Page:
Archive for the ‘Cultural Arts’ Category

Pabellón criollo

Friday, November 18th, 2011

I think I’ve made it obvious that I’m not a big fan of Venezuelan cuisine. But, from time to time I do like to eat the national dish – pabellón criollo. The dish consists of white rice, black beans, shredded beef or chicken, and sliced sweet plantains.


There are other variations of the dish – sometimes they put a fried egg right in the middle – but, my personal favorite is with sliced avocadoes. I think the trick is finding a place that prepares it with a lot of flavor and is willing to make slight adjustments based on your preferences. According to some Venezuelans, you cannot say you’ve visited here without trying this dish Sabelotodo

How we eat

Thursday, October 20th, 2011

I’m always the first to complain about people’s stereotypes regarding Haitian culture. I hate it when people say “you don’t look Haitian” or “you speak very well ‘for a Haitian’”. I realized that I’m so irritated by these comments that I miss an opportunity to teach others about what makes my culture so great. Better late than never, right? First lesson: how we eat.

Haitians (in general) eat three meals a day with very little snacking in between. Breakfast is usually something pretty heavy like eggs and boiled plantains or even spaghetti. Kids often have a lighter dish like bread and café au lait (yes, we drink coffee as children) or hot chocolate. The picture below is smoked herring (chiktay in Creole) which is sautéed with onions and hot peppers (we mostly use Scotch bonnet). You can eat this with bread or boiled plantains. I like it so much I can eat it throughout the day as a snack with crackers.


Lunch is a pretty heavy meal, as well. Most dishes will consist of rice and beans in some form and meat. Some people also like to include a vegetable such as yuca, plantains or bread fruit. The dish below is red beans and rice, fried pork and plantains. Fried pork (griyo in Creole) is a very common dish sold by street vendors all over Haiti. It sounds easy to make, but there’s a trick used to prepare it that makes it nearly impossible to replicate at home. I think it has to do with the cut of the meat and the spices used.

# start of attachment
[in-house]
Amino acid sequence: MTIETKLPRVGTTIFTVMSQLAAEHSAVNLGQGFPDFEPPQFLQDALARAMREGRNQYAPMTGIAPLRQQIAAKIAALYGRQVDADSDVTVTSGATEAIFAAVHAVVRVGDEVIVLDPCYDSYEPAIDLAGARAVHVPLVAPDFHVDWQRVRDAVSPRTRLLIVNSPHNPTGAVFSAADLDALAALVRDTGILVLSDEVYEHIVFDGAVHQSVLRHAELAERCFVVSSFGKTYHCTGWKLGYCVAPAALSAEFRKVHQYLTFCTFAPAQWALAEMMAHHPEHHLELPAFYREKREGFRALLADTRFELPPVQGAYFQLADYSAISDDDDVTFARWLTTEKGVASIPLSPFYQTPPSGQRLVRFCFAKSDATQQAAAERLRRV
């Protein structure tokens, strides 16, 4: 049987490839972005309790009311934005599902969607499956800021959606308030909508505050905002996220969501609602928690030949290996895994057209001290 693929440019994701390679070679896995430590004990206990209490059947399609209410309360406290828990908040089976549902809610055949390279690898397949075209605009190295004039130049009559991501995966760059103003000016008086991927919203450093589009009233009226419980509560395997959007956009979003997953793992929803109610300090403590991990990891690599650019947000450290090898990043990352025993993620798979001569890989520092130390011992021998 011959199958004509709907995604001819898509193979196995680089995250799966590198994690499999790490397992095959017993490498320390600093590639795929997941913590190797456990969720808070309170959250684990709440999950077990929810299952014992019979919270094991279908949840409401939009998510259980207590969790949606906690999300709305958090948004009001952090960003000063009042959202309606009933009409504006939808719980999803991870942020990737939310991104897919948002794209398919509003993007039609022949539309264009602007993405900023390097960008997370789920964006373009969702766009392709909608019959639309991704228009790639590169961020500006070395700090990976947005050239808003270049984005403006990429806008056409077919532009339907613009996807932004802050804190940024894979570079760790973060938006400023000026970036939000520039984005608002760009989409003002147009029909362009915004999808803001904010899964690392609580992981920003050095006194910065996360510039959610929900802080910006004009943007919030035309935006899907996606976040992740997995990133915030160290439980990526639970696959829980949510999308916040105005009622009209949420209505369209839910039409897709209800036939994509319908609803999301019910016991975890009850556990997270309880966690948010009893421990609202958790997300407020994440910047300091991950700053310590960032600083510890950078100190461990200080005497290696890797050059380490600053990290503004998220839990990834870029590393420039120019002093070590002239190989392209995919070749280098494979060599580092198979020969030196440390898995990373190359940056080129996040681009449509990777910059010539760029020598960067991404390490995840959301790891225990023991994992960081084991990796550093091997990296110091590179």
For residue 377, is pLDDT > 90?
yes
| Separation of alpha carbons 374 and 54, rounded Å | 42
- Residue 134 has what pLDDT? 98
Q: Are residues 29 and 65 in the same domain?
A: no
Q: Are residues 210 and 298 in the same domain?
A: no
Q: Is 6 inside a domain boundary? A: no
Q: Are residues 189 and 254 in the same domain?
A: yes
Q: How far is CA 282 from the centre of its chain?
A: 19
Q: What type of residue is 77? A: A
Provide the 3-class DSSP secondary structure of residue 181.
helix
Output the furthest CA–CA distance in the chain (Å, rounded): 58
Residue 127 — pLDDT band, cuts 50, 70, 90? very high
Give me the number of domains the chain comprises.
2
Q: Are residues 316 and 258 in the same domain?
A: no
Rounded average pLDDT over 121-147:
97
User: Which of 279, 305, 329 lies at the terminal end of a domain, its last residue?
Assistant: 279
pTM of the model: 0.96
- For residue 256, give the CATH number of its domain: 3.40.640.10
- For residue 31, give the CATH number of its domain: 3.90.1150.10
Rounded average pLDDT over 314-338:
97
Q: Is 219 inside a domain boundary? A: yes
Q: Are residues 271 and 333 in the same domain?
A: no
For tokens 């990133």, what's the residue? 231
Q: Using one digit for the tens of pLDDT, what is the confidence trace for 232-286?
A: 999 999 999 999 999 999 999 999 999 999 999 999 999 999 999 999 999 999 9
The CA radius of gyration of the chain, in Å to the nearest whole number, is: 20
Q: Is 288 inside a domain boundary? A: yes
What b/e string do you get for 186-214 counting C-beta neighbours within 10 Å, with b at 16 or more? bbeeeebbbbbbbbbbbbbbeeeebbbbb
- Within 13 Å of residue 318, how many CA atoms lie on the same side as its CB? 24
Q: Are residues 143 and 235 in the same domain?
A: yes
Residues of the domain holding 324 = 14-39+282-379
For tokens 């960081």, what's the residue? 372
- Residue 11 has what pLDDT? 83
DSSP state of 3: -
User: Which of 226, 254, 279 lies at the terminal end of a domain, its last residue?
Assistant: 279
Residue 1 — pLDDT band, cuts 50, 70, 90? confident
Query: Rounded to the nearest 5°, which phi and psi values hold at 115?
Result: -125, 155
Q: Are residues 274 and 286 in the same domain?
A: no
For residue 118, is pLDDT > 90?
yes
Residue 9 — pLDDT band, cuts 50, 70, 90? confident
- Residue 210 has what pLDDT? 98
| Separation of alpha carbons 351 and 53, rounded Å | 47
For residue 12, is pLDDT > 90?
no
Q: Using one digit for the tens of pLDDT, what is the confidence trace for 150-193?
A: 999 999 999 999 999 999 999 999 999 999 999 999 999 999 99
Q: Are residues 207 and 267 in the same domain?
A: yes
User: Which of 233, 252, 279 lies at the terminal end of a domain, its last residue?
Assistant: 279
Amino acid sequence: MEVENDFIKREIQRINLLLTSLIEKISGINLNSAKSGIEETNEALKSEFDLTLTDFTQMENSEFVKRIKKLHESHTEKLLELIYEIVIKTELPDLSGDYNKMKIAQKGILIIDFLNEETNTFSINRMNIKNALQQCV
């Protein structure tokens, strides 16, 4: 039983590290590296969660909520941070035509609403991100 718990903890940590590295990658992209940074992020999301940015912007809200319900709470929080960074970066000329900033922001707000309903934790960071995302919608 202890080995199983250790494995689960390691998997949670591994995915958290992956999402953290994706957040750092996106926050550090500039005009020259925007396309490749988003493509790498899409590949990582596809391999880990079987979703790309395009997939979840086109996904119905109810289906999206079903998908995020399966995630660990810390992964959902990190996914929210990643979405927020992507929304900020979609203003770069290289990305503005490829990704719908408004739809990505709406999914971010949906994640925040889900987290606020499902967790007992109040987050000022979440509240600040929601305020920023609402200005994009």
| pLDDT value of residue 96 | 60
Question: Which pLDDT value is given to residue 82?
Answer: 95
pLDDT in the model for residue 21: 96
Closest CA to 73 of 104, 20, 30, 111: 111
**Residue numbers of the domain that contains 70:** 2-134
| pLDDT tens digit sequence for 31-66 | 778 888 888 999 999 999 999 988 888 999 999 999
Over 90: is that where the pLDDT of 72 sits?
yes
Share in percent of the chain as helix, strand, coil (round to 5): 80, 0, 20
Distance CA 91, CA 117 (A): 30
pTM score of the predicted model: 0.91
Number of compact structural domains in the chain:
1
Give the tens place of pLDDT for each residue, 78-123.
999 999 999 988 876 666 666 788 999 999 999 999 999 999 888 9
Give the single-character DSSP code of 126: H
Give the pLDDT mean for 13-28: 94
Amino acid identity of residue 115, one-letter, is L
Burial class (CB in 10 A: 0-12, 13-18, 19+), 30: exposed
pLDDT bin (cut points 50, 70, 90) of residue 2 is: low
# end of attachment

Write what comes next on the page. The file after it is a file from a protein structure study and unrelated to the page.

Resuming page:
griot, banane peze, diri kole.

Dinner is usually the lightest meal of the day. In my neck of the woods, we never really ate any rice or meat after 6 PM. It’s very common to have a porridge like the one pictured below made from grated plantains (you seeing a theme here) with some toast. Or, we sometimes had hot chocolate with a baguette. I must note that Haitian cuisine is very versatile in terms of porridges which can also be made from yuca, millet, and cornmeal.

Banana Porridge (Haitian Style)

This is of course a brief explanation and there’s a whole lot more to Haitian cuisine. Don’t worry, I plan on sharing more in the future Guiño; especially the many uses of some of the vegetables I mentioned here. Any fellow Haitians who eat/ate differently at home, please feel free to share.

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